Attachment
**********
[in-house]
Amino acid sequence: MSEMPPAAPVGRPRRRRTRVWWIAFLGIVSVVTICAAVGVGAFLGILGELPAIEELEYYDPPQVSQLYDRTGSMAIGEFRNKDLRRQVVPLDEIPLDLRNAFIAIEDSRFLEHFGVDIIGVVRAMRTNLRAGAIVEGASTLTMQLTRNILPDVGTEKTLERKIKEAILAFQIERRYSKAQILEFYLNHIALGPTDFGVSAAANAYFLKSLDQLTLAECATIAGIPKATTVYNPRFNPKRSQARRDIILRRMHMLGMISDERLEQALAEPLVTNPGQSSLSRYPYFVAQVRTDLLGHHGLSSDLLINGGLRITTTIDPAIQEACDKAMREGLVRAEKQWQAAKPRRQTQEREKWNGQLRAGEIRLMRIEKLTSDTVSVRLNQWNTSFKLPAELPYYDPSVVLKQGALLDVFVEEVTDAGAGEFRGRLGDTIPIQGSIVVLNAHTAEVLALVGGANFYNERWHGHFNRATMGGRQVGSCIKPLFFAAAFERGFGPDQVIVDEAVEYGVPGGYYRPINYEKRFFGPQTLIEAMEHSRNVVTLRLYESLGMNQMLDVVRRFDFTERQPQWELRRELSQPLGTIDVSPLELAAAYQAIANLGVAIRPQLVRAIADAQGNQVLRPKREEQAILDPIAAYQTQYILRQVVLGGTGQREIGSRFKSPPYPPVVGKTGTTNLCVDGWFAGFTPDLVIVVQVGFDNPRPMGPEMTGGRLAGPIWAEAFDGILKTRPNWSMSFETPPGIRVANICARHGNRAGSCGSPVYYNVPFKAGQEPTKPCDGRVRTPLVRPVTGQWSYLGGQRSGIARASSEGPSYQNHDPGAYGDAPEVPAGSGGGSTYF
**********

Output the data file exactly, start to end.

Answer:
[in-house]
Amino acid sequence: MSEMPPAAPVGRPRRRRTRVWWIAFLGIVSVVTICAAVGVGAFLGILGELPAIEELEYYDPPQVSQLYDRTGSMAIGEFRNKDLRRQVVPLDEIPLDLRNAFIAIEDSRFLEHFGVDIIGVVRAMRTNLRAGAIVEGASTLTMQLTRNILPDVGTEKTLERKIKEAILAFQIERRYSKAQILEFYLNHIALGPTDFGVSAAANAYFLKSLDQLTLAECATIAGIPKATTVYNPRFNPKRSQARRDIILRRMHMLGMISDERLEQALAEPLVTNPGQSSLSRYPYFVAQVRTDLLGHHGLSSDLLINGGLRITTTIDPAIQEACDKAMREGLVRAEKQWQAAKPRRQTQEREKWNGQLRAGEIRLMRIEKLTSDTVSVRLNQWNTSFKLPAELPYYDPSVVLKQGALLDVFVEEVTDAGAGEFRGRLGDTIPIQGSIVVLNAHTAEVLALVGGANFYNERWHGHFNRATMGGRQVGSCIKPLFFAAAFERGFGPDQVIVDEAVEYGVPGGYYRPINYEKRFFGPQTLIEAMEHSRNVVTLRLYESLGMNQMLDVVRRFDFTERQPQWELRRELSQPLGTIDVSPLELAAAYQAIANLGVAIRPQLVRAIADAQGNQVLRPKREEQAILDPIAAYQTQYILRQVVLGGTGQREIGSRFKSPPYPPVVGKTGTTNLCVDGWFAGFTPDLVIVVQVGFDNPRPMGPEMTGGRLAGPIWAEAFDGILKTRPNWSMSFETPPGIRVANICARHGNRAGSCGSPVYYNVPFKAGQEPTKPCDGRVRTPLVRPVTGQWSYLGGQRSGIARASSEGPSYQNHDPGAYGDAPEVPAGSGGGSTYF